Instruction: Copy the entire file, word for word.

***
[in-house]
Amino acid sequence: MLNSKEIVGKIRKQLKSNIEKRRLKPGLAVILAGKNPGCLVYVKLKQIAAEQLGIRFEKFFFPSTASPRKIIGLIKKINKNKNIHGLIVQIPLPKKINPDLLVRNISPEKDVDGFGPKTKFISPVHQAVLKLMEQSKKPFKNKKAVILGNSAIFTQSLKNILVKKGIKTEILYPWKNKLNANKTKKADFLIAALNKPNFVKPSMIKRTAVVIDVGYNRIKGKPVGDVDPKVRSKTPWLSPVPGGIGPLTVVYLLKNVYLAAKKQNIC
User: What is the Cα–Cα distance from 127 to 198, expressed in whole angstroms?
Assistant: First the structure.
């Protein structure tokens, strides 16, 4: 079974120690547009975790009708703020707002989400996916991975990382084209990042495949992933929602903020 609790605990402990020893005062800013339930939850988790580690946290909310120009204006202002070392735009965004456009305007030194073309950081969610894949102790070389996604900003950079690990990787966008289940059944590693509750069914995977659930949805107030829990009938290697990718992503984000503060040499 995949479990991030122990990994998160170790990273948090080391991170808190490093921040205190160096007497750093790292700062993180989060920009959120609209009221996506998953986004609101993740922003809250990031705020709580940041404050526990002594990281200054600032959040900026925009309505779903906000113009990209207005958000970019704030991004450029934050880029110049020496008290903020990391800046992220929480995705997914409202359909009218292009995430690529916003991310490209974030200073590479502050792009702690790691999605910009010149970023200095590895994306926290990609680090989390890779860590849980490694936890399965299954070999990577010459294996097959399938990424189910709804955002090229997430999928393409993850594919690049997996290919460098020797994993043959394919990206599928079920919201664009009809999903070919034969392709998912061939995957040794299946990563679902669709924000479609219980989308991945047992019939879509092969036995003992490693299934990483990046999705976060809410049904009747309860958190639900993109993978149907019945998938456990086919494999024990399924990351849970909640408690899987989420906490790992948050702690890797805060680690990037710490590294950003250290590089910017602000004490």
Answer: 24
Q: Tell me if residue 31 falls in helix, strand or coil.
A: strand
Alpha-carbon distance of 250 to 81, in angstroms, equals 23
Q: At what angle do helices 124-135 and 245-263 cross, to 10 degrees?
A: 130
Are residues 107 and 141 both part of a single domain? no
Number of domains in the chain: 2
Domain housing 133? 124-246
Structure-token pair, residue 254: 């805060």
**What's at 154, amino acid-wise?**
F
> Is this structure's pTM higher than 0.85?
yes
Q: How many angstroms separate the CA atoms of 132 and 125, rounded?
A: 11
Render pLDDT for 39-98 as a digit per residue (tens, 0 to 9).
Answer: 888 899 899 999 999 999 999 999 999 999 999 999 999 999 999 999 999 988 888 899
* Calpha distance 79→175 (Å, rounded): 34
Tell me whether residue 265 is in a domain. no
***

[in-house]
Amino acid sequence: MLNSKEIVGKIRKQLKSNIEKRRLKPGLAVILAGKNPGCLVYVKLKQIAAEQLGIRFEKFFFPSTASPRKIIGLIKKINKNKNIHGLIVQIPLPKKINPDLLVRNISPEKDVDGFGPKTKFISPVHQAVLKLMEQSKKPFKNKKAVILGNSAIFTQSLKNILVKKGIKTEILYPWKNKLNANKTKKADFLIAALNKPNFVKPSMIKRTAVVIDVGYNRIKGKPVGDVDPKVRSKTPWLSPVPGGIGPLTVVYLLKNVYLAAKKQNIC
User: What is the Cα–Cα distance from 127 to 198, expressed in whole angstroms?
Assistant: First the structure.
């Protein structure tokens, strides 16, 4: 079974120690547009975790009708703020707002989400996916991975990382084209990042495949992933929602903020 609790605990402990020893005062800013339930939850988790580690946290909310120009204006202002070392735009965004456009305007030194073309950081969610894949102790070389996604900003950079690990990787966008289940059944590693509750069914995977659930949805107030829990009938290697990718992503984000503060040499 995949479990991030122990990994998160170790990273948090080391991170808190490093921040205190160096007497750093790292700062993180989060920009959120609209009221996506998953986004609101993740922003809250990031705020709580940041404050526990002594990281200054600032959040900026925009309505779903906000113009990209207005958000970019704030991004450029934050880029110049020496008290903020990391800046992220929480995705997914409202359909009218292009995430690529916003991310490209974030200073590479502050792009702690790691999605910009010149970023200095590895994306926290990609680090989390890779860590849980490694936890399965299954070999990577010459294996097959399938990424189910709804955002090229997430999928393409993850594919690049997996290919460098020797994993043959394919990206599928079920919201664009009809999903070919034969392709998912061939995957040794299946990563679902669709924000479609219980989308991945047992019939879509092969036995003992490693299934990483990046999705976060809410049904009747309860958190639900993109993978149907019945998938456990086919494999024990399924990351849970909640408690899987989420906490790992948050702690890797805060680690990037710490590294950003250290590089910017602000004490």
Answer: 24
Q: Tell me if residue 31 falls in helix, strand or coil.
A: strand
Alpha-carbon distance of 250 to 81, in angstroms, equals 23
Q: At what angle do helices 124-135 and 245-263 cross, to 10 degrees?
A: 130
Are residues 107 and 141 both part of a single domain? no
Number of domains in the chain: 2
Domain housing 133? 124-246
Structure-token pair, residue 254: 């805060």
**What's at 154, amino acid-wise?**
F
> Is this structure's pTM higher than 0.85?
yes
Q: How many angstroms separate the CA atoms of 132 and 125, rounded?
A: 11
Render pLDDT for 39-98 as a digit per residue (tens, 0 to 9).
Answer: 888 899 899 999 999 999 999 999 999 999 999 999 999 999 999 999 999 988 888 899
* Calpha distance 79→175 (Å, rounded): 34
Tell me whether residue 265 is in a domain. no